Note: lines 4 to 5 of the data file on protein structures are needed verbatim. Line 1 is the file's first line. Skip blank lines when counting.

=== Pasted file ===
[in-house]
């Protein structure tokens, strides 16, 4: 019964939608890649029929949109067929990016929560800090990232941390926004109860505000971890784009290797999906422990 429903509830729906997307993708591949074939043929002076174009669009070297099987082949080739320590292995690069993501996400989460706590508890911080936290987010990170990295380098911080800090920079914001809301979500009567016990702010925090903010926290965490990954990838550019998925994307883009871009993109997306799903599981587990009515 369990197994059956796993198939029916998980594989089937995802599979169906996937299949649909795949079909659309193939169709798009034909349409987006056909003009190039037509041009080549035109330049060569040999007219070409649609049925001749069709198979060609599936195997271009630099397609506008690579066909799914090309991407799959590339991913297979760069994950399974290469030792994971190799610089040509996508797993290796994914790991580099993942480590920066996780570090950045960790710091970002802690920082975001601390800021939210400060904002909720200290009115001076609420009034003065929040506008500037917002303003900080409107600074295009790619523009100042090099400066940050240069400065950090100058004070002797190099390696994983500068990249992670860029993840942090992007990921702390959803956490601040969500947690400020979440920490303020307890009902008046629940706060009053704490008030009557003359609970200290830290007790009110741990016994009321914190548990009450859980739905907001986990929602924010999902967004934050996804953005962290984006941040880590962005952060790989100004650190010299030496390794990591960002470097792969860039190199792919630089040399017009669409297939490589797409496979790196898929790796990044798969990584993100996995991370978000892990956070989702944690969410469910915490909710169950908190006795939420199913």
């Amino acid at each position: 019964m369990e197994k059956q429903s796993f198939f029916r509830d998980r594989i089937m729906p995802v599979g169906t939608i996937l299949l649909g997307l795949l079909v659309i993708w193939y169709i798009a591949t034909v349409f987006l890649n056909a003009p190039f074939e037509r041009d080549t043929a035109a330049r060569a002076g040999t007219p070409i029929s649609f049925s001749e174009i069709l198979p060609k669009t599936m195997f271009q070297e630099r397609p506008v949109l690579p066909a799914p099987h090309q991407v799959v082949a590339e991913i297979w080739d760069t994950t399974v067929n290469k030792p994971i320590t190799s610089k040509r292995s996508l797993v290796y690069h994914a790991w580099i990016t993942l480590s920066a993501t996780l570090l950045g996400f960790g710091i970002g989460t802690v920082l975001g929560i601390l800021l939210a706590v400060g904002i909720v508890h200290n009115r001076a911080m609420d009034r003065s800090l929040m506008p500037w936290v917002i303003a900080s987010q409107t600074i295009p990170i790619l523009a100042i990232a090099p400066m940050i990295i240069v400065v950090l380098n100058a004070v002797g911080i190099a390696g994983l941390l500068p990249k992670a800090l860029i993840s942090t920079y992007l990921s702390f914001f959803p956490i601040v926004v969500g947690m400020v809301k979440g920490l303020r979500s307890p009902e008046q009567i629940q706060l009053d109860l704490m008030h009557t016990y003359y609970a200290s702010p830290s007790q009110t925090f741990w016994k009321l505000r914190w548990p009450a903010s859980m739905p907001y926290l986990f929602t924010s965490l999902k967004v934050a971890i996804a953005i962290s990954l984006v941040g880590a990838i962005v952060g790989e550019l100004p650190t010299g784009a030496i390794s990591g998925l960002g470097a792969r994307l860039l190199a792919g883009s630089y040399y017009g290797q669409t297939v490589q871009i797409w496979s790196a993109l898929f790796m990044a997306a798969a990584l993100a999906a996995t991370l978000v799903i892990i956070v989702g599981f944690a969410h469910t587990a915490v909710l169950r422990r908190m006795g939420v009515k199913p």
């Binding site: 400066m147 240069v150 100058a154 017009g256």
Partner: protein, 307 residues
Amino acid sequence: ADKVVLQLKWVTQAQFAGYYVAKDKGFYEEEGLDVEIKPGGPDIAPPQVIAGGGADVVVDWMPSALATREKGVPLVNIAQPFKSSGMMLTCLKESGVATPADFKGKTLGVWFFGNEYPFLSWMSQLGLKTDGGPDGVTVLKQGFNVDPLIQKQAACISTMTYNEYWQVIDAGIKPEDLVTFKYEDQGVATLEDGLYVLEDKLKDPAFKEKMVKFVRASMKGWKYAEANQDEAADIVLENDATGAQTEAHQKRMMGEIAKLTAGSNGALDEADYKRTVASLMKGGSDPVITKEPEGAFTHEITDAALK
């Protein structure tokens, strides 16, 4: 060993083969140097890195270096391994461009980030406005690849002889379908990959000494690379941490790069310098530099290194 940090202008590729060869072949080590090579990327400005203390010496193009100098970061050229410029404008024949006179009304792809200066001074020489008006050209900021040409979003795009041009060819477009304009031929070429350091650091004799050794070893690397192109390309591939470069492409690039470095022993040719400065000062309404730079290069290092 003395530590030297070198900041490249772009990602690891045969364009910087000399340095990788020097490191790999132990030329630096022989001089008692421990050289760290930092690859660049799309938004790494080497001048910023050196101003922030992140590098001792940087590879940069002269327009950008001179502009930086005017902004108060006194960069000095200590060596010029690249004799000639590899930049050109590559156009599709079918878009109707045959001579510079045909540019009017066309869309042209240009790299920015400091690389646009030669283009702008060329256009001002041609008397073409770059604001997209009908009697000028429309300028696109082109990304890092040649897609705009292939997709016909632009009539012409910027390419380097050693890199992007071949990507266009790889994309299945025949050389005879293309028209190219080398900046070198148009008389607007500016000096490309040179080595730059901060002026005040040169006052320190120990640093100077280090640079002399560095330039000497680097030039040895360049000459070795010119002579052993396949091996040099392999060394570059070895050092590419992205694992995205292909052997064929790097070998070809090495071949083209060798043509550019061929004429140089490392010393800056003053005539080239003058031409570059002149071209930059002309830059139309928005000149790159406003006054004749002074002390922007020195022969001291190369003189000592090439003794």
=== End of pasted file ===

């Binding site: 400066m147 240069v150 100058a154 017009g256």
Partner: protein, 307 residues